When we collect information from our patients, we ask, often unthinkingly, for quite a lot of it. Some of it has obvious value to our consultations: how long has it been there, and where does it itch? Some of it has additional use in research, and in auditing our practice. Today, we’re going to take a look at how we ask for some of these basic demographics and what it says about our perception of society, and of our patients’ lives, when we do.
In the UK, we classify infants at birth by many characteristics, and sex is one of those. This is obvious to anyone who has tried to pick a gift, or a card, to congratulate new parents: we, as a society as a whole, treat sex as a dichotomy of male or female. This is referred to as the gender binary. If this were a fundamental truth, it makes collecting information regarding sex to be as simple as checking a box for either, and in turn, stored in a binary form digitally; however, the truth is more complex. Many countries allow for the legal recognition of a third gender, and this is a state welcomed by people who do not identify with either, or with aspects of both. This may due to an intersex condition diagnosed at birth, or a subjective lack of affiliation with either sex despite sexual organs and characteristics of one sex. One can argue that the reasons are academic, as it is the end state of requiring an option outside of the gender binary that matters.
For many people, the definition of the word “gender” is roughly interchangeable with “sex”, and both terms are taken to mean the reproductive organs existing within a person and associated secondary sexual characteristics; however, some people and organisations define gender as being the abstract social roles based on sex, and diverging the definition of “sex” to be the definition stated above, pertaining to sexual organs and characteristics. In this post, we’ll be using the latter.
One organisation which collects vast amounts of personal data: Facebook, has come into focus as it demonstrates how to handle information outside of the gender binary in an attempt to sensitively reflect the real life experiences of users; however, as a recent paper reviewing Facebook’s handling of this information shows, the way that Facebook deals with the information regarding sex is not new, but over time has been changed by user pressure. When Facebook began to collect user data on sex, it allowed options for male, female or other and subsequently used this information to provide gender based pronouns describing user activity. Over time, the use of “they” as a gender neutral pronoun created some translation difficulties and was derided as grammatically incorrect, so an attempt was made to force users to choose a pronoun on the basis of sex, and this overrode the original sex identity e.g. if you chose a female pronoun, your choice of “other” was changed to female.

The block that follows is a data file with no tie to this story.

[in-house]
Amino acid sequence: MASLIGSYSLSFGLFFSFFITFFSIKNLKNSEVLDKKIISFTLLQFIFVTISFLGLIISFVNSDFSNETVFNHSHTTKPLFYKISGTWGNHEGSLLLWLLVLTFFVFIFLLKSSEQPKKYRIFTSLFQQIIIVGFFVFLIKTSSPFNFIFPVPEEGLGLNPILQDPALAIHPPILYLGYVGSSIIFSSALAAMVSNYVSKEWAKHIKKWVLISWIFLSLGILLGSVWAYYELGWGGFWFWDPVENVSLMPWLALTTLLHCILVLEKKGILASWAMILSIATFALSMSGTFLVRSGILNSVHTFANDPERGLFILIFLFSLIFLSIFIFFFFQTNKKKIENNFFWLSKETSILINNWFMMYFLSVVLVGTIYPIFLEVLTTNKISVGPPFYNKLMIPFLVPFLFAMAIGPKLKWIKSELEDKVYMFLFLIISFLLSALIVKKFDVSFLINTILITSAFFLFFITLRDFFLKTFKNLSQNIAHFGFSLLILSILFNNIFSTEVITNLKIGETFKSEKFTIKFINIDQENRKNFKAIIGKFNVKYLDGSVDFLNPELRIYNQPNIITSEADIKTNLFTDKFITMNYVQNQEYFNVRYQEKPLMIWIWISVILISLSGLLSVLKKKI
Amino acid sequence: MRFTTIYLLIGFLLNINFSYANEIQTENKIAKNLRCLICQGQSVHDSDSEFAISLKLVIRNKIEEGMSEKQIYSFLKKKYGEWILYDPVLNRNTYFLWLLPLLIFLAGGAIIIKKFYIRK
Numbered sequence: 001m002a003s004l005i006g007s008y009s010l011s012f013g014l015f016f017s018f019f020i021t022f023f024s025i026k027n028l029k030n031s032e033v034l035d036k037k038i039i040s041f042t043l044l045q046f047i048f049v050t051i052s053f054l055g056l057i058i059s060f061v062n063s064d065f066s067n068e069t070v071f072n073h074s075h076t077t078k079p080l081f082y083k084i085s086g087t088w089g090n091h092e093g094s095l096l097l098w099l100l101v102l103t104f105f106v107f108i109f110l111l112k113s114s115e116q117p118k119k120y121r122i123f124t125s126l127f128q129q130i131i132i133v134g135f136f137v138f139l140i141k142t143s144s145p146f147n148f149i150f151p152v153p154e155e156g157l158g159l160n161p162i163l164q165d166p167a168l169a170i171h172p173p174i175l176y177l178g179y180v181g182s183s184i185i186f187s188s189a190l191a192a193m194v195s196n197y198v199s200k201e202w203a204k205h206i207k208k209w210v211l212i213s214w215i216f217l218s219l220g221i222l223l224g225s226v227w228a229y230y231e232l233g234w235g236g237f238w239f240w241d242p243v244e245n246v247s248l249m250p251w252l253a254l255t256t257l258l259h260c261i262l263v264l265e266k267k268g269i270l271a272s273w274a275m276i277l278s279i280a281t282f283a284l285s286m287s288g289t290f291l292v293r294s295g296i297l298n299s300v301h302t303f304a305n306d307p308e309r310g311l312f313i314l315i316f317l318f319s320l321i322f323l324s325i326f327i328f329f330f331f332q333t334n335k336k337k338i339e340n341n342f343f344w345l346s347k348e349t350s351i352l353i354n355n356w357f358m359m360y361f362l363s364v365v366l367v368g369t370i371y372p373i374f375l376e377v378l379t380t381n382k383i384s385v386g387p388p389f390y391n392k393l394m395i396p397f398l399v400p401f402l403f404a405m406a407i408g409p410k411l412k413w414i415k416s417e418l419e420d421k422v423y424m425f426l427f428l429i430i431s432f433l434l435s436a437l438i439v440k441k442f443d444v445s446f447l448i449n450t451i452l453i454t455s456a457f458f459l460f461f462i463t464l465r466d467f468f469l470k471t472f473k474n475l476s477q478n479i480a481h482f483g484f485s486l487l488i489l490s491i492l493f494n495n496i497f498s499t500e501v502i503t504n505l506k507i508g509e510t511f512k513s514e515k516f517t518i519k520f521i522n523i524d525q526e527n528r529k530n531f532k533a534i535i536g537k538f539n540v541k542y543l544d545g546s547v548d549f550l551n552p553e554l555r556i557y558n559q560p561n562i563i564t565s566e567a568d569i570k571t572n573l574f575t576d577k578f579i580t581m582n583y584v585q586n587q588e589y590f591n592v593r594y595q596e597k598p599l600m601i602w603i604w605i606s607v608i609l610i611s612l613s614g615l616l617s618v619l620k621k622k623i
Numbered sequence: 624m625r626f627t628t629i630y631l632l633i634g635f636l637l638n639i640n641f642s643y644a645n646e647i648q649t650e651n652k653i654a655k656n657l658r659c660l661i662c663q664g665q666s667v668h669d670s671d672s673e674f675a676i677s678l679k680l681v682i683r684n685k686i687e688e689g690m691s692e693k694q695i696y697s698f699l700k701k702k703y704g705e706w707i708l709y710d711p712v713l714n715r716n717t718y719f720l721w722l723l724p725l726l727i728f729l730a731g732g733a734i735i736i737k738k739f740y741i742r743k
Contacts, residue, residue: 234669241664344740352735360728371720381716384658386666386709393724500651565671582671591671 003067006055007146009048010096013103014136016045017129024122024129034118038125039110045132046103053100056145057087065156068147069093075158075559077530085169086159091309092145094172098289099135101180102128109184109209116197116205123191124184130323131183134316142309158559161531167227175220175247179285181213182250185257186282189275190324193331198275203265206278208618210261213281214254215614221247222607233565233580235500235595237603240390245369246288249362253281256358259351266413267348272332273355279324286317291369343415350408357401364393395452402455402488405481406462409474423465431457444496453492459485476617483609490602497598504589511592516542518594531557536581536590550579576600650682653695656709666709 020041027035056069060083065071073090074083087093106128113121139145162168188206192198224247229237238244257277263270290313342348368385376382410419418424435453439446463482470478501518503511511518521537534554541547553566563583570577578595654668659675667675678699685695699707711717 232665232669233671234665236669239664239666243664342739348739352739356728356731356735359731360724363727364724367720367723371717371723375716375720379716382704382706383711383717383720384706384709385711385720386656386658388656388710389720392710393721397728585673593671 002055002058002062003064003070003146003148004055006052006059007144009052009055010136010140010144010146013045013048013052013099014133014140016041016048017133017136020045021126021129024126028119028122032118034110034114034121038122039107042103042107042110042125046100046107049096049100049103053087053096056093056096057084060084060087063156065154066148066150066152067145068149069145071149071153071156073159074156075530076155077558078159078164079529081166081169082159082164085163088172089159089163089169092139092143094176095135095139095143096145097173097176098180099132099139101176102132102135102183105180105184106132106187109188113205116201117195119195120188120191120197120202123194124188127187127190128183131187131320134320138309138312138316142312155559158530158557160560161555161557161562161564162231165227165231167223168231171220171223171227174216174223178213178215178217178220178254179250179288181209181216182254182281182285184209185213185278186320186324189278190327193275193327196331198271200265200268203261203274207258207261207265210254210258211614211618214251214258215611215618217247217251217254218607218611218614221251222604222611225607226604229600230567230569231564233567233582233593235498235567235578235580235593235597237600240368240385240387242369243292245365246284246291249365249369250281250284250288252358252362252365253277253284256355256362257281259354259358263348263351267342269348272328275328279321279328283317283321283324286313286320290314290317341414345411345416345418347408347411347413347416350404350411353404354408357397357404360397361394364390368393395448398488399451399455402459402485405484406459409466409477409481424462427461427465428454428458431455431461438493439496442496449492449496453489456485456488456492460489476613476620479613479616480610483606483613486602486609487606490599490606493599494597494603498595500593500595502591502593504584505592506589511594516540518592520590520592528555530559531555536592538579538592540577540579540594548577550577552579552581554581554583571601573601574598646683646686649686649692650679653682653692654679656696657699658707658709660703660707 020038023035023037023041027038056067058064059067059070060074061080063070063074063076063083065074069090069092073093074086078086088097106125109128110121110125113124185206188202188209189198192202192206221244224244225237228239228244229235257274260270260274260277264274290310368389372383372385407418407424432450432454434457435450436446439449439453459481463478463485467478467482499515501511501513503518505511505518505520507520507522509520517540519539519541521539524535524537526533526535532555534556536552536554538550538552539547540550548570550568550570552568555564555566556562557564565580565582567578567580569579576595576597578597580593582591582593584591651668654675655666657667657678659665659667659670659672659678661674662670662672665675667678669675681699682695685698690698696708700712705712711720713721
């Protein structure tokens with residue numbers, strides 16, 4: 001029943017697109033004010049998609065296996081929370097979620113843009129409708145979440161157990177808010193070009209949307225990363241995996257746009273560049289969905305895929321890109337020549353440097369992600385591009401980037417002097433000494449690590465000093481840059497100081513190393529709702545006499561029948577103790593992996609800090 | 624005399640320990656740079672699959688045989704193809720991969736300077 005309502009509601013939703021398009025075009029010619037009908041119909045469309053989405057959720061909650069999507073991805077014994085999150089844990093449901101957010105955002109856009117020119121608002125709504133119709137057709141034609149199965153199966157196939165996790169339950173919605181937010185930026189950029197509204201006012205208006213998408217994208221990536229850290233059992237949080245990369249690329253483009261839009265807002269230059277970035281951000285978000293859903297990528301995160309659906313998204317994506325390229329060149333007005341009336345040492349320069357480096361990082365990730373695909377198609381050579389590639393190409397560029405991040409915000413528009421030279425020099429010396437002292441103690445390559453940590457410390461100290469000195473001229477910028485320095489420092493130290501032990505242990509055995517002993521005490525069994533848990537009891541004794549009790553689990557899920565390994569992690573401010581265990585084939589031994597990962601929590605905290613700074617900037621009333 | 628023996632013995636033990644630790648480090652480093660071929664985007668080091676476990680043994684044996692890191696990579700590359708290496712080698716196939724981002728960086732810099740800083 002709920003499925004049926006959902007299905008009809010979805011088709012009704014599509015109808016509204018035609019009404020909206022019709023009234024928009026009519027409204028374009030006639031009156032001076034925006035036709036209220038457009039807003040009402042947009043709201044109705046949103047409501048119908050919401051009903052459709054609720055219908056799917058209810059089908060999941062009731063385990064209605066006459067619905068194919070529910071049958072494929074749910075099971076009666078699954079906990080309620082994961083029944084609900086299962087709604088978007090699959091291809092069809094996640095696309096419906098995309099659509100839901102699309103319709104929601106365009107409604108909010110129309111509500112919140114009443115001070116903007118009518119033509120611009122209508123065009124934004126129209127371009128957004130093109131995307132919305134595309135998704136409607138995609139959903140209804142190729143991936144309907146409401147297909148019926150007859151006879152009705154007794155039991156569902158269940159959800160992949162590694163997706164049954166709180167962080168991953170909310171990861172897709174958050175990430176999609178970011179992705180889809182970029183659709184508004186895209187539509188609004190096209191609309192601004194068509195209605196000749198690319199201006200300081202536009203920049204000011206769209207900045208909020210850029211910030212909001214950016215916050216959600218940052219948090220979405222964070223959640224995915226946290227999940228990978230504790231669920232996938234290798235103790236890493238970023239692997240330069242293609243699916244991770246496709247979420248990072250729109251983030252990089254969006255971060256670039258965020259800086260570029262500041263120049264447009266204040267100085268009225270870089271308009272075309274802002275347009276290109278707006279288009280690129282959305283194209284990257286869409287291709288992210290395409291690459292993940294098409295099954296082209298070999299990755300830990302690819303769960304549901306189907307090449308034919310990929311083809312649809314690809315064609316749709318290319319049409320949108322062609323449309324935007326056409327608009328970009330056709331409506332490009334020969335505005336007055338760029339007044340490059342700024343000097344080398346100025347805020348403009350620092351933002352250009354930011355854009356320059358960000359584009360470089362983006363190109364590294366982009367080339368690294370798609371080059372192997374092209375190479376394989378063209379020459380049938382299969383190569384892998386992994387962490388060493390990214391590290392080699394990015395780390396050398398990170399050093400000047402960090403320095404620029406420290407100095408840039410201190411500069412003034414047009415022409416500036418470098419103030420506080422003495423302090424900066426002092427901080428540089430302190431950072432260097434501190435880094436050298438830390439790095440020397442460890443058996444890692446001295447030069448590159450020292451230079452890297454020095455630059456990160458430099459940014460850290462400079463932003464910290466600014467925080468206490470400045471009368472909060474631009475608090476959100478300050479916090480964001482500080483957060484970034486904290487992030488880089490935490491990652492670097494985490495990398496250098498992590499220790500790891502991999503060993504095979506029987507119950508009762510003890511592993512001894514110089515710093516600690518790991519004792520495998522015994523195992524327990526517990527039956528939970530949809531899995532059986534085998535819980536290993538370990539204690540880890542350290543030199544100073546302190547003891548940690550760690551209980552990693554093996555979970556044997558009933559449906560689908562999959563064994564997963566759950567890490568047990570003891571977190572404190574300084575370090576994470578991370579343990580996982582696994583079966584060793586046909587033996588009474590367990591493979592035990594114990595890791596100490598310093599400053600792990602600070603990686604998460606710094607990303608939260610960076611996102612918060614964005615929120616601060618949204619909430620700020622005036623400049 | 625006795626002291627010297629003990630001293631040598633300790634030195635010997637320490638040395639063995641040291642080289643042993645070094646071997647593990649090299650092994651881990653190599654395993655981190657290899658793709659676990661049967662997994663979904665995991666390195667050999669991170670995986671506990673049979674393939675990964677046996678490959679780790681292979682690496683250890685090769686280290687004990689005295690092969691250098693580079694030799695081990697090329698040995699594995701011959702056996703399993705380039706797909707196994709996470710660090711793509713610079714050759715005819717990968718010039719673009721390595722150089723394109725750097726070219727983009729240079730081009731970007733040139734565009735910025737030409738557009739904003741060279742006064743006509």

Users self-organised to protest this, driving change by producing guides on amending the source code of the pages to allow reversion to the original “other” state, raising the question why this needed changed in the first place if the choice was not removed from the database itself. Over time, Facebook amended its policy and in 2014, allowed limited use of gender neutral pronouns and a greater range of non-binary identities; although the choice of a gender specific pronoun reverts the stored identity to a binary one.
The multiple options presented when signing up for Facebook with relation to sex is potentially confusing and, whilst presenting many options, remains restrictive if your choice is not offered, raising the question if there is a better way of working when requesting information. Web designer Sarah Dopp, who wrote an open letter to web designers and developers regarding this in 2010, and reminding us that the dangers of the gender binary, and the promotion of it as normal at the expense of all else, marginalises those who already feel marginalised, something that we, as healthcare professionals, should be striving to avoid.
So, the next time we sit down to ask a patient, or client, for their gender, we should take the time to reflect that whilst this may be a single question in a page of several, and perhaps just a tick in a box to us, that for them it may be a huge part of their identity that we are refusing to acknowledge through ignorance, and souring our relationship with them before we start.
For those of us who are doctors, we have benefited from the privilege of a free gender-neutral pronoun as a by-product of completion of a degree. If it’s important to us to use this title as an expression of professional identity, we could at least extend the courtesy to our patients to express, fundamentally, who they are.